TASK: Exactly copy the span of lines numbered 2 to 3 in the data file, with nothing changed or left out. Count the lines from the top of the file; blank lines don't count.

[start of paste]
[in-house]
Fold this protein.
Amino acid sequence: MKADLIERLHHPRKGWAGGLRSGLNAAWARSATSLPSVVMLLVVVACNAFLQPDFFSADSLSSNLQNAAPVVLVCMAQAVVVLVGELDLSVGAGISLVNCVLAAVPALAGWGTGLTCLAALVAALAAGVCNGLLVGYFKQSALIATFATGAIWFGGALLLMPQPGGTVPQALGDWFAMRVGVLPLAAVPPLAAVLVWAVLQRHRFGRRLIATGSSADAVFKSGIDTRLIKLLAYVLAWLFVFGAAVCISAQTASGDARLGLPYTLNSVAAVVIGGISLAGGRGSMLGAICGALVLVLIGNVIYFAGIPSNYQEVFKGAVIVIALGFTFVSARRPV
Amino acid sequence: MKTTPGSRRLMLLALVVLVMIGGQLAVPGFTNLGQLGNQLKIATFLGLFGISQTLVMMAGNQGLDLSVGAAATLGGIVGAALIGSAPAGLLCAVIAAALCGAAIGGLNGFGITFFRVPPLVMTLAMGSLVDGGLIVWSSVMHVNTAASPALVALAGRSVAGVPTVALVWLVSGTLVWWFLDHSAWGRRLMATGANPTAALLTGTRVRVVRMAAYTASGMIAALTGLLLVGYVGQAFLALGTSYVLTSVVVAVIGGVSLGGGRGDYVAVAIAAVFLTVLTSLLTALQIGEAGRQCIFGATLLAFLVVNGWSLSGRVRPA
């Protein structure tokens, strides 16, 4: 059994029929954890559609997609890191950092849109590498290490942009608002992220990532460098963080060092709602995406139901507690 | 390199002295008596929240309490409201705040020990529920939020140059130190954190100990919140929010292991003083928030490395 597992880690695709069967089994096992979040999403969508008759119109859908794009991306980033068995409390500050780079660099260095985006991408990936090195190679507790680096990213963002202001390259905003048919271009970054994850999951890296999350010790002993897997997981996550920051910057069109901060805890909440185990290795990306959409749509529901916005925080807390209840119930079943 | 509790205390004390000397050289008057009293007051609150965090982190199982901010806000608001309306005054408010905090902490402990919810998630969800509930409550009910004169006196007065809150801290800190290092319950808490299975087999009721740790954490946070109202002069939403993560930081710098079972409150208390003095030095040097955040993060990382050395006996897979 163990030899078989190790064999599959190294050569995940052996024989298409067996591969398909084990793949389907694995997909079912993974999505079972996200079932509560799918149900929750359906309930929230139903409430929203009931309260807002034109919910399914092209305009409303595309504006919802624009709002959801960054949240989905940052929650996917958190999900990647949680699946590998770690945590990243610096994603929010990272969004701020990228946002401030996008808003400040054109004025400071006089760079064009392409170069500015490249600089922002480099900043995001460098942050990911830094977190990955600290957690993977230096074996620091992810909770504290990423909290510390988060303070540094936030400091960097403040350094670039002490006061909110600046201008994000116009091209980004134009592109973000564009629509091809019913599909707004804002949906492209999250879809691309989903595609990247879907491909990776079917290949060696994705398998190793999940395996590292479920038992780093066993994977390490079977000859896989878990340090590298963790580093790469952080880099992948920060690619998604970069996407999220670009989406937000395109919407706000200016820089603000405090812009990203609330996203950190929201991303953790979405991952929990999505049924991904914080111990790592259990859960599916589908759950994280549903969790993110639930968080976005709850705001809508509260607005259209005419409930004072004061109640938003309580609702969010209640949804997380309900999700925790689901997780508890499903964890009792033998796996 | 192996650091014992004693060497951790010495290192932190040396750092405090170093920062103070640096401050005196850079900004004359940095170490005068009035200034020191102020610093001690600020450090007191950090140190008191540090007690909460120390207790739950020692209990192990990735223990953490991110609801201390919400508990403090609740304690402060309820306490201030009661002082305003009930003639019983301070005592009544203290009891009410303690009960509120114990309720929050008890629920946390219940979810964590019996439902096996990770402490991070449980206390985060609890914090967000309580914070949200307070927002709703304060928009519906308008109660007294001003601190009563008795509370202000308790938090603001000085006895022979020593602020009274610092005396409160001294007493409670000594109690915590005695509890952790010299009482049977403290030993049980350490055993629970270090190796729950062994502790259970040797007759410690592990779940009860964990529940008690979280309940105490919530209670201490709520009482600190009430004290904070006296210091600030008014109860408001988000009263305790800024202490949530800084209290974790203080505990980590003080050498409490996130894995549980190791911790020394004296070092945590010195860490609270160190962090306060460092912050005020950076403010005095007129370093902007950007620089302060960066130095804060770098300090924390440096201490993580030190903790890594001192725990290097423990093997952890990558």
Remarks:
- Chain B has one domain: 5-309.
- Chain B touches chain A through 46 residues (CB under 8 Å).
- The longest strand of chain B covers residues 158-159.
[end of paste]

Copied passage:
Fold this protein.
Amino acid sequence: MKADLIERLHHPRKGWAGGLRSGLNAAWARSATSLPSVVMLLVVVACNAFLQPDFFSADSLSSNLQNAAPVVLVCMAQAVVVLVGELDLSVGAGISLVNCVLAAVPALAGWGTGLTCLAALVAALAAGVCNGLLVGYFKQSALIATFATGAIWFGGALLLMPQPGGTVPQALGDWFAMRVGVLPLAAVPPLAAVLVWAVLQRHRFGRRLIATGSSADAVFKSGIDTRLIKLLAYVLAWLFVFGAAVCISAQTASGDARLGLPYTLNSVAAVVIGGISLAGGRGSMLGAICGALVLVLIGNVIYFAGIPSNYQEVFKGAVIVIALGFTFVSARRPV